Hey guys! This is Heinreich, the intern at BiteHunter.com. Since the team is heading over to Bar 13 for an event, and hopefully drinks afterwards, I’d like to share a few thoughts on two popular drinking trends today: microbrews and homebrewing.
Beer has been a sort of quiet staple to American culture and the world community as a whole. Ancient Egypt and Mesopotamia have recorded the existence and consumption of beer thousands of years before names like Anheuser-Busch ever touched our lips. The process of making beer made water much safer to drink by killing off bacteria very early in the making while introducing respectable amounts of nutrients like magnesium, potassium, and calcium in the end product. During the ancient times, this made it as much a practical drink as anything else. Nowadays we can all agree over-consumption is a terrible idea and we should all drink responsibly, but having one beer every now and again won’t hurt.
Microbreweries and their microbrews have gotten a lot of attention lately and their popularity continues to rise. From 2009-2010 the Brewers Association (BA) reports that sales internationally of microbrews has increased by about 28%. Further in the report the BA states that U.S. exports to foreign countries have increased for the 8th straight year. Craft breweries are very popular in the Midwest, Northwest (Portland, Oregon is especially famous) and parts of the Northeast (i.e. Maine). Their popularity stems from the breweries experimenting with the actual flavors and manufacturing process of their beers; local support and word-of-mouth; and the fact that the small-scale nature of microbreweries lends itself to a much more focused and friendlier type of customer service. I can personally attest to this latter from a visit to the Harvest Moon Brewery in New Brunswick, NJ. I asked for Yuengling but they didn’t have any at the time so the bartender asked me to try out a bunch of their house brews. I did and found one I enjoyed!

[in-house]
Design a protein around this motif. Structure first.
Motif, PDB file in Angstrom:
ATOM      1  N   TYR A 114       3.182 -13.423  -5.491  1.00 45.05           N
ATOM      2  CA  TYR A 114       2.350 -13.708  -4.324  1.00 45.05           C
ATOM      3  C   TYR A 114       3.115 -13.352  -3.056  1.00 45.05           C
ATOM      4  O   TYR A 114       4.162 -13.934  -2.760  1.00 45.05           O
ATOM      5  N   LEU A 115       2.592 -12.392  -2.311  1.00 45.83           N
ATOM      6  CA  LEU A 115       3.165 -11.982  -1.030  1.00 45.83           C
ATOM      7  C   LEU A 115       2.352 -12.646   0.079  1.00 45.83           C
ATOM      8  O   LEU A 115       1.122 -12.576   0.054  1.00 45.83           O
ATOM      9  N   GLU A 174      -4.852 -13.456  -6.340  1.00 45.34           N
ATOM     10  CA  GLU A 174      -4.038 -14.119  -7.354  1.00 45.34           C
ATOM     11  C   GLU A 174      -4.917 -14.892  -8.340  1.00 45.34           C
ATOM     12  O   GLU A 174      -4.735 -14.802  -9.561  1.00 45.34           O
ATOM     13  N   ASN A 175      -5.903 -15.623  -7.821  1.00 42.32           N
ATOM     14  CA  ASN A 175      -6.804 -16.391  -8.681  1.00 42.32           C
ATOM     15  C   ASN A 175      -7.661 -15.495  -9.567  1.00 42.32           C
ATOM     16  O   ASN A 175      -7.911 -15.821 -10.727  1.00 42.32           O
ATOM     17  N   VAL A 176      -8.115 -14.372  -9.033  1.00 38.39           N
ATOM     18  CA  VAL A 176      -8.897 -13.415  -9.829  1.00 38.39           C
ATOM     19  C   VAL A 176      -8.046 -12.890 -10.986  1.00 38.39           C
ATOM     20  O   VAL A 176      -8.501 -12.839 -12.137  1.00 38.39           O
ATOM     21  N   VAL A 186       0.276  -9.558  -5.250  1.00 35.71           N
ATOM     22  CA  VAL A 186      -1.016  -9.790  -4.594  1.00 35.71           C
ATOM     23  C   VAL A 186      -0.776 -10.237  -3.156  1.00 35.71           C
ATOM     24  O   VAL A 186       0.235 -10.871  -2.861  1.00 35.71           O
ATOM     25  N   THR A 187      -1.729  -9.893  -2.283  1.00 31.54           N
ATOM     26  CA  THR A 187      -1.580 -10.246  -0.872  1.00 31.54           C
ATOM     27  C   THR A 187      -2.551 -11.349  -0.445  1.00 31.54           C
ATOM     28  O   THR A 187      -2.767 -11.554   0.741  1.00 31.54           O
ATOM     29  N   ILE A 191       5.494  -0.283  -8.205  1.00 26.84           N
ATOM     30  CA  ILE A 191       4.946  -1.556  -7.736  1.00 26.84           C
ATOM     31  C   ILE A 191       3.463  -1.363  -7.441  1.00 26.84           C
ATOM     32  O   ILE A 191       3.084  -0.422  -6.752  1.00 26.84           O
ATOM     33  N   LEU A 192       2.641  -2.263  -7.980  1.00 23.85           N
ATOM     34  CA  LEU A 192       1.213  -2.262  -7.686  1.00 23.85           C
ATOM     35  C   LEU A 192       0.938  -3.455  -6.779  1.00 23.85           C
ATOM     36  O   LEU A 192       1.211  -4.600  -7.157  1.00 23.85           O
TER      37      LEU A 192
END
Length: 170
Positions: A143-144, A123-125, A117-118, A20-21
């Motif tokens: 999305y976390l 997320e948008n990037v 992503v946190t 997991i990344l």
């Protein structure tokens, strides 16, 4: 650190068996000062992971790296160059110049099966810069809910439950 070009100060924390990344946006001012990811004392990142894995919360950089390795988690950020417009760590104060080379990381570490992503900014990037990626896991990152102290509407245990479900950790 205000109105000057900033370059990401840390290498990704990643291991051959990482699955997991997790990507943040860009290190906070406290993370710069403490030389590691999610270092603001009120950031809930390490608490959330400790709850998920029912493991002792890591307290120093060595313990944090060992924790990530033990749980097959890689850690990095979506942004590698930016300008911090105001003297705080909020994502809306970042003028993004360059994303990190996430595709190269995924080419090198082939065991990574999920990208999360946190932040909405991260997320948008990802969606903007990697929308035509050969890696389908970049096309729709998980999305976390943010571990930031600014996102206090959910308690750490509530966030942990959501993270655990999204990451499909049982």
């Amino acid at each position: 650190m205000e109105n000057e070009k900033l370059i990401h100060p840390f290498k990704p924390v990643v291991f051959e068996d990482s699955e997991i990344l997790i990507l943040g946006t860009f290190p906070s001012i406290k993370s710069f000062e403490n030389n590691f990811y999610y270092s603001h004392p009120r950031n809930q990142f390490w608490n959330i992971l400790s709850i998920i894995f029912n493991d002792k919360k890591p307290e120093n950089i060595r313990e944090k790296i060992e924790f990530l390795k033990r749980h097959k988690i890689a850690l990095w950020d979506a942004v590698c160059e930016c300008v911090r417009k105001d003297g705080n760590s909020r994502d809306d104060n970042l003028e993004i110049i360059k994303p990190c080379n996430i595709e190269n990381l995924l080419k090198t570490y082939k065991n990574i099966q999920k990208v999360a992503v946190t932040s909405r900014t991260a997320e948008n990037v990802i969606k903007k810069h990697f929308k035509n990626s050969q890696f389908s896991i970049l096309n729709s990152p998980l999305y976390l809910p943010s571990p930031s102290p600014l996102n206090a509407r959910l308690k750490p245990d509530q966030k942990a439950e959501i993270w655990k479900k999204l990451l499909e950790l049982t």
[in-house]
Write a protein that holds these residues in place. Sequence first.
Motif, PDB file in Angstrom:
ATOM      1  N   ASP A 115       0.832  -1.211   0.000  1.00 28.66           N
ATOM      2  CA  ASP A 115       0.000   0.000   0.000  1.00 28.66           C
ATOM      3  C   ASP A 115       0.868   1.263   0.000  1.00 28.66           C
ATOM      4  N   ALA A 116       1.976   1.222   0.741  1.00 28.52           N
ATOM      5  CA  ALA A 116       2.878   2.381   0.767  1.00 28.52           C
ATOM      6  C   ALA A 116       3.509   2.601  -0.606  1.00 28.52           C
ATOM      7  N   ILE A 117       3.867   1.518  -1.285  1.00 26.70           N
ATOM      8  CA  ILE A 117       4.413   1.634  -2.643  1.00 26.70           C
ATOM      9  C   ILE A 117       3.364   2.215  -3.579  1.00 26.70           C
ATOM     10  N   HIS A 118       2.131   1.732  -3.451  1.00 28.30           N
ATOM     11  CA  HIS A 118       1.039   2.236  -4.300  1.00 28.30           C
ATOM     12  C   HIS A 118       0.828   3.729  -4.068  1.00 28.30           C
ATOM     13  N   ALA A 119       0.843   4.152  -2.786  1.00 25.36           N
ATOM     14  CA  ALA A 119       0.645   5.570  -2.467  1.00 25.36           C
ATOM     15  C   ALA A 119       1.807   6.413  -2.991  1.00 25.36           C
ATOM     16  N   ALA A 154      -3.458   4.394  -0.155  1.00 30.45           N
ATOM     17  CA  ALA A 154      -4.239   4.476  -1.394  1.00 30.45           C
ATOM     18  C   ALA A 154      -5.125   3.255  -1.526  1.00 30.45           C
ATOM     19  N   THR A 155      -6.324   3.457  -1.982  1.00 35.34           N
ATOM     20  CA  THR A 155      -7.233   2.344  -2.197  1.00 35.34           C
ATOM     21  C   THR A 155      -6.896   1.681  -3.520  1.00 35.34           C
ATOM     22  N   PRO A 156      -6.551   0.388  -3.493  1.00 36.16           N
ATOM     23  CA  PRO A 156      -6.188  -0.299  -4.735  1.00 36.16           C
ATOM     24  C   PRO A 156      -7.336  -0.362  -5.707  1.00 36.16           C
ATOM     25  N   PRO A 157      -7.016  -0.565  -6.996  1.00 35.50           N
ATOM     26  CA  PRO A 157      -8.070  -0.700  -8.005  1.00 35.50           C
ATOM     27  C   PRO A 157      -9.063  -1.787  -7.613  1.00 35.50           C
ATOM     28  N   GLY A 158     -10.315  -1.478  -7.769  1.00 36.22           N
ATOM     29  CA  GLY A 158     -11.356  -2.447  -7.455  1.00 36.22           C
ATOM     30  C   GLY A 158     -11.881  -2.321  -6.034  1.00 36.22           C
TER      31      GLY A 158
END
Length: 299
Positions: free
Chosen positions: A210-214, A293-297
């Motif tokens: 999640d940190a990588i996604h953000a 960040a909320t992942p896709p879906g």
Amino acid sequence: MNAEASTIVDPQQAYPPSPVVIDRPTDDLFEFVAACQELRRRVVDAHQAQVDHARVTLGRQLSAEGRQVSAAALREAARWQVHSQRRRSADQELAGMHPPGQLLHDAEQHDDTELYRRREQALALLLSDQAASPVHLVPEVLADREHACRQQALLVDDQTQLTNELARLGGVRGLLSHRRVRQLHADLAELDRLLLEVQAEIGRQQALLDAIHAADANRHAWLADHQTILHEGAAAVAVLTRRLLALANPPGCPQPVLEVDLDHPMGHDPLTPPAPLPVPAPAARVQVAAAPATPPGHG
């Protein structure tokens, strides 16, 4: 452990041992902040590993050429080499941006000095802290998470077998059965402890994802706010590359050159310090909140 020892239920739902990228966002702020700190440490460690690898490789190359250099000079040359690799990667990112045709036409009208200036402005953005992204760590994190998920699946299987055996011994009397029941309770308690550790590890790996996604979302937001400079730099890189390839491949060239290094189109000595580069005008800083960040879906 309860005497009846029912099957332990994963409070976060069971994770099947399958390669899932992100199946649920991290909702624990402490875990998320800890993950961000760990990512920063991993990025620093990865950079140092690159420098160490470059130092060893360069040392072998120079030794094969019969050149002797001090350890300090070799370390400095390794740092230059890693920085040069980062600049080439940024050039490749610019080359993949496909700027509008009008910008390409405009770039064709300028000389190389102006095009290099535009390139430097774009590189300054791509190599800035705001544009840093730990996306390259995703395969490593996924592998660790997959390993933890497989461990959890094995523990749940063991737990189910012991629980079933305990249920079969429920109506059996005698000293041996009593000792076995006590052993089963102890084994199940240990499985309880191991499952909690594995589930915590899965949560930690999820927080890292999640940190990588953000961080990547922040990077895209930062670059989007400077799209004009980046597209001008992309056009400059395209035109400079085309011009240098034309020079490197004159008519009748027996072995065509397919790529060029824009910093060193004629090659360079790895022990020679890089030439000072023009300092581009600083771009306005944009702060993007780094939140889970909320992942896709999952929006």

The word “homebrew” can conjure up images of a man sitting on a log, smoking a pipe while cleaning out his rifle. Right beside him are a series of large metallic stills where illegal liquor of some sort is being made. Though scenes like this still exist in the backwoods of America somewhere, the modern homebrew scene is far more sophisticated, openly respected, and very legal in most places; just as long as they’re only making beer AND it’s not for sale. Basic info on how to make homebrew beer, buy some basic ingredients, and learn tricks-of-the-trade can be found easily online. The American Homebrewers Association (HA) has a very informative site about the subject; they even have a page dedicated to laws that govern where it’s legal to homebrew. With the right amount of money, a man or woman can gather all these resources and create their own beer. Experimentation and fun go hand-in-hand in this endeavor which makes it very popular with beginning beer-makers and beer aficianados.
Well that’s enough for today my beer-drinking friends. The team and I hope to see you all there at Tech Cocktail! Cheers!